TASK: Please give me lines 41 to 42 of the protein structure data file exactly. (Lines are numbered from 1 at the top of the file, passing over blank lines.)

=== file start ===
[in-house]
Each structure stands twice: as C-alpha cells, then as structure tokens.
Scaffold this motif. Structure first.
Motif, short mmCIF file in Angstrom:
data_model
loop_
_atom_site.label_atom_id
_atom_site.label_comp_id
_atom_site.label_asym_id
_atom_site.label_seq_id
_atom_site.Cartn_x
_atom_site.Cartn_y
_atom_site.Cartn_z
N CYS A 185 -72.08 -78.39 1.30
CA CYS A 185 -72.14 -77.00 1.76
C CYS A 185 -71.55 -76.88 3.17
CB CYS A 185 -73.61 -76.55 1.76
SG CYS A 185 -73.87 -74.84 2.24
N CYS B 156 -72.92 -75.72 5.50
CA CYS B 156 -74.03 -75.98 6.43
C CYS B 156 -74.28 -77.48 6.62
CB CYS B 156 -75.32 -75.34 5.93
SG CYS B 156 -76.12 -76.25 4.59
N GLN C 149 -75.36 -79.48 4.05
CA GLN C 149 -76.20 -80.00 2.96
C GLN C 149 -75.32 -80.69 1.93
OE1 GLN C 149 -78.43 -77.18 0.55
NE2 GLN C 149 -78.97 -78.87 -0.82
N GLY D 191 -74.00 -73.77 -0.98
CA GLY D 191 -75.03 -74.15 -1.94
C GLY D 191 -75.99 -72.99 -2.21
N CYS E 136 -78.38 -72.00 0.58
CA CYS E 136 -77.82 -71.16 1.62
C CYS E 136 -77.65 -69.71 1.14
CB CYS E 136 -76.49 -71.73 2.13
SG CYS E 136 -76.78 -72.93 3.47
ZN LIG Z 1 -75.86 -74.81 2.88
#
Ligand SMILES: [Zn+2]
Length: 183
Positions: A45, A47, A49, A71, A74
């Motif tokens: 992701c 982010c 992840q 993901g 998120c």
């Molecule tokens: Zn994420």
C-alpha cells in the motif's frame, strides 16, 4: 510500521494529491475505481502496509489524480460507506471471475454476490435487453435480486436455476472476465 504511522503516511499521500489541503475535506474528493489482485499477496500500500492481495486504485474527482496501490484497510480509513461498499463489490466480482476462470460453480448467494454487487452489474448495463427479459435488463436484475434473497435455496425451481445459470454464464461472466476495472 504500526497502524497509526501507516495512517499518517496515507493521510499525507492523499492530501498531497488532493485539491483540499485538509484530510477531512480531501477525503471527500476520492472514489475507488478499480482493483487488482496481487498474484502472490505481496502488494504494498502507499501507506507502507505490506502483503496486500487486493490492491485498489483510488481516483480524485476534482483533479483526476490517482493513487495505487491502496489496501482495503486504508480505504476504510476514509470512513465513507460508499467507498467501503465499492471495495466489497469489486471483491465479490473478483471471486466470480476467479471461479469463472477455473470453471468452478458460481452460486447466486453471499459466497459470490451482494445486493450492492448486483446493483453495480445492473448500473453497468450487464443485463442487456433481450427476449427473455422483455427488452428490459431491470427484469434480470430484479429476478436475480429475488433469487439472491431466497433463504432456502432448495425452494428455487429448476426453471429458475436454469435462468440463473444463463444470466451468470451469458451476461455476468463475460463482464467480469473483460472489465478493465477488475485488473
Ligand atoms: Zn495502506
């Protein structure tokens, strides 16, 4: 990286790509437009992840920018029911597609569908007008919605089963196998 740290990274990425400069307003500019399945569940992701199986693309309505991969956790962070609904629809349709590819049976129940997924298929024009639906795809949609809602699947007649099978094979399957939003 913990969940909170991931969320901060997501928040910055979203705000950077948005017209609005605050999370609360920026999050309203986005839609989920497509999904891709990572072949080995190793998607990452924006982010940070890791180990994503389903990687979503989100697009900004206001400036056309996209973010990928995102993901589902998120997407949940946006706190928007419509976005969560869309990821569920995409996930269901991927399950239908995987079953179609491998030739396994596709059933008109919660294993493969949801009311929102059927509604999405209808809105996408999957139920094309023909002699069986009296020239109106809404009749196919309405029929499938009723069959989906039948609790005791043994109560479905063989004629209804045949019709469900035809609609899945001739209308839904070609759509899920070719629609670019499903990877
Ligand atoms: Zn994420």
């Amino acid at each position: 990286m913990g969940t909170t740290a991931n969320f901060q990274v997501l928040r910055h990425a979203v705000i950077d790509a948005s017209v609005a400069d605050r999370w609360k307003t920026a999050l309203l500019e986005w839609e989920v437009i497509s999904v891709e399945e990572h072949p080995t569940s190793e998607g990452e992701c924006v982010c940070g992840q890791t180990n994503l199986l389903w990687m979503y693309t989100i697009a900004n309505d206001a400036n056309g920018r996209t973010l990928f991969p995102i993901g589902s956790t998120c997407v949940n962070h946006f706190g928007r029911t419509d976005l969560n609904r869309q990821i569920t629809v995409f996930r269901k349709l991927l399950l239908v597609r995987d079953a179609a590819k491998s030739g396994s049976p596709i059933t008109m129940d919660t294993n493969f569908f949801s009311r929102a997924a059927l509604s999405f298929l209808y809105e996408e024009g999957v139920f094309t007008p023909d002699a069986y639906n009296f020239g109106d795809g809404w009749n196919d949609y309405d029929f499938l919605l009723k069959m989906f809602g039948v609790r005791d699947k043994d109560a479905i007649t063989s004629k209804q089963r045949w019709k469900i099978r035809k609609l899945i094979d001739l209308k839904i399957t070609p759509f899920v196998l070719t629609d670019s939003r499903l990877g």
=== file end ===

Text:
Positions: A45, A47, A49, A71, A74
């Motif tokens: 992701c 982010c 992840q 993901g 998120c």